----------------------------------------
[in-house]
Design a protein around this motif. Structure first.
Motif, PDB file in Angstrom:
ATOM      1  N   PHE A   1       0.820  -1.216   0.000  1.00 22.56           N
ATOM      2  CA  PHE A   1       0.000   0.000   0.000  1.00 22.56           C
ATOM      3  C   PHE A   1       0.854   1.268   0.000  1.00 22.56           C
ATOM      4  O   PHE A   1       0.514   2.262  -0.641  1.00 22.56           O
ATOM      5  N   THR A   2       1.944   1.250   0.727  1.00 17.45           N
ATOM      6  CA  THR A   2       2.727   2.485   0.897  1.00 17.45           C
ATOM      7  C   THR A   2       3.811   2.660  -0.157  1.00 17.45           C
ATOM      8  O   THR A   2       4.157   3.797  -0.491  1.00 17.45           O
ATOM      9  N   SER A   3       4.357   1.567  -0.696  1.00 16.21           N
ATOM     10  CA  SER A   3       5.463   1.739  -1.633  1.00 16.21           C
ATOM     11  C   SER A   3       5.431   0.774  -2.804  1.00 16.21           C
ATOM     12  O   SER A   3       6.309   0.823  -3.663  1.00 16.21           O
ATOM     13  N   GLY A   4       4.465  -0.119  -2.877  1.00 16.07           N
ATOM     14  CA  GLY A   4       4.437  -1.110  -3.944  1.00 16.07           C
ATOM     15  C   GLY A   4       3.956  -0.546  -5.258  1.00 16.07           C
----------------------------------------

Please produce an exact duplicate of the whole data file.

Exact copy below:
[in-house]
Design a protein around this motif. Structure first.
Motif, PDB file in Angstrom:
ATOM      1  N   PHE A   1       0.820  -1.216   0.000  1.00 22.56           N
ATOM      2  CA  PHE A   1       0.000   0.000   0.000  1.00 22.56           C
ATOM      3  C   PHE A   1       0.854   1.268   0.000  1.00 22.56           C
ATOM      4  O   PHE A   1       0.514   2.262  -0.641  1.00 22.56           O
ATOM      5  N   THR A   2       1.944   1.250   0.727  1.00 17.45           N
ATOM      6  CA  THR A   2       2.727   2.485   0.897  1.00 17.45           C
ATOM      7  C   THR A   2       3.811   2.660  -0.157  1.00 17.45           C
ATOM      8  O   THR A   2       4.157   3.797  -0.491  1.00 17.45           O
ATOM      9  N   SER A   3       4.357   1.567  -0.696  1.00 16.21           N
ATOM     10  CA  SER A   3       5.463   1.739  -1.633  1.00 16.21           C
ATOM     11  C   SER A   3       5.431   0.774  -2.804  1.00 16.21           C
ATOM     12  O   SER A   3       6.309   0.823  -3.663  1.00 16.21           O
ATOM     13  N   GLY A   4       4.465  -0.119  -2.877  1.00 16.07           N
ATOM     14  CA  GLY A   4       4.437  -1.110  -3.944  1.00 16.07           C
ATOM     15  C   GLY A   4       3.956  -0.546  -5.258  1.00 16.07           C